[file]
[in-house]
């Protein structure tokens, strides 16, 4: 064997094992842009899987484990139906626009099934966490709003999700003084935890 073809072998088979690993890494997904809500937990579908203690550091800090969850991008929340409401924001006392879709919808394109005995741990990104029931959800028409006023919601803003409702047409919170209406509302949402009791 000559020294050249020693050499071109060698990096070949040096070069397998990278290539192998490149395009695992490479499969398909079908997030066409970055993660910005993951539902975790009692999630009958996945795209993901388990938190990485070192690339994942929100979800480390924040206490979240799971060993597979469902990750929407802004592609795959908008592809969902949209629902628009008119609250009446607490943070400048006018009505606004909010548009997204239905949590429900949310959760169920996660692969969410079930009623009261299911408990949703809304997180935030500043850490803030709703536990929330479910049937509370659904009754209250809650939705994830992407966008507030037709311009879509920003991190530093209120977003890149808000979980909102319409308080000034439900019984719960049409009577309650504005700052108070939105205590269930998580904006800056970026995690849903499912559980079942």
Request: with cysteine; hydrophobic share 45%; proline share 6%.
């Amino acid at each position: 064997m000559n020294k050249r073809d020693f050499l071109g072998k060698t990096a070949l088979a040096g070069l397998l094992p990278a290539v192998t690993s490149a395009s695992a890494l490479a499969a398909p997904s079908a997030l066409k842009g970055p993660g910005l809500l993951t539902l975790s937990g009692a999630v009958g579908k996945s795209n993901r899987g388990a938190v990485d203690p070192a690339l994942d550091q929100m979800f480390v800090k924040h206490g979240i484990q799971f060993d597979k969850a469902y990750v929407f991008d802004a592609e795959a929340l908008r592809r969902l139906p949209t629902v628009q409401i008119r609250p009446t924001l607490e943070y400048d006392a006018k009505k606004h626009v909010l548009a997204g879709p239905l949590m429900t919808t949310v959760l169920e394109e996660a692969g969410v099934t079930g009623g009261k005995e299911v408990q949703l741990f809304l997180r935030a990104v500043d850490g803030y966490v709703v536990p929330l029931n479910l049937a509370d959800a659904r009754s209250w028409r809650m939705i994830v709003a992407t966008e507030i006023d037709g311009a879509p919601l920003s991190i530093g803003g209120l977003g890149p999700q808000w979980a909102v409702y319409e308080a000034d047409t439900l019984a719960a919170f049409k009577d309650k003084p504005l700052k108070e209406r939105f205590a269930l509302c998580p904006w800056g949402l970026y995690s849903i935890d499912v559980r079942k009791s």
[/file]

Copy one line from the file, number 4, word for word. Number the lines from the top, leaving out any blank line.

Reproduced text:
């Amino acid at each position: 064997m000559n020294k050249r073809d020693f050499l071109g072998k060698t990096a070949l088979a040096g070069l397998l094992p990278a290539v192998t690993s490149a395009s695992a890494l490479a499969a398909p997904s079908a997030l066409k842009g970055p993660g910005l809500l993951t539902l975790s937990g009692a999630v009958g579908k996945s795209n993901r899987g388990a938190v990485d203690p070192a690339l994942d550091q929100m979800f480390v800090k924040h206490g979240i484990q799971f060993d597979k969850a469902y990750v929407f991008d802004a592609e795959a929340l908008r592809r969902l139906p949209t629902v628009q409401i008119r609250p009446t924001l607490e943070y400048d006392a006018k009505k606004h626009v909010l548009a997204g879709p239905l949590m429900t919808t949310v959760l169920e394109e996660a692969g969410v099934t079930g009623g009261k005995e299911v408990q949703l741990f809304l997180r935030a990104v500043d850490g803030y966490v709703v536990p929330l029931n479910l049937a509370d959800a659904r009754s209250w028409r809650m939705i994830v709003a992407t966008e507030i006023d037709g311009a879509p919601l920003s991190i530093g803003g209120l977003g890149p999700q808000w979980a909102v409702y319409e308080a000034d047409t439900l019984a719960a919170f049409k009577d309650k003084p504005l700052k108070e209406r939105f205590a269930l509302c998580p904006w800056g949402l970026y995690s849903i935890d499912v559980r079942k009791s």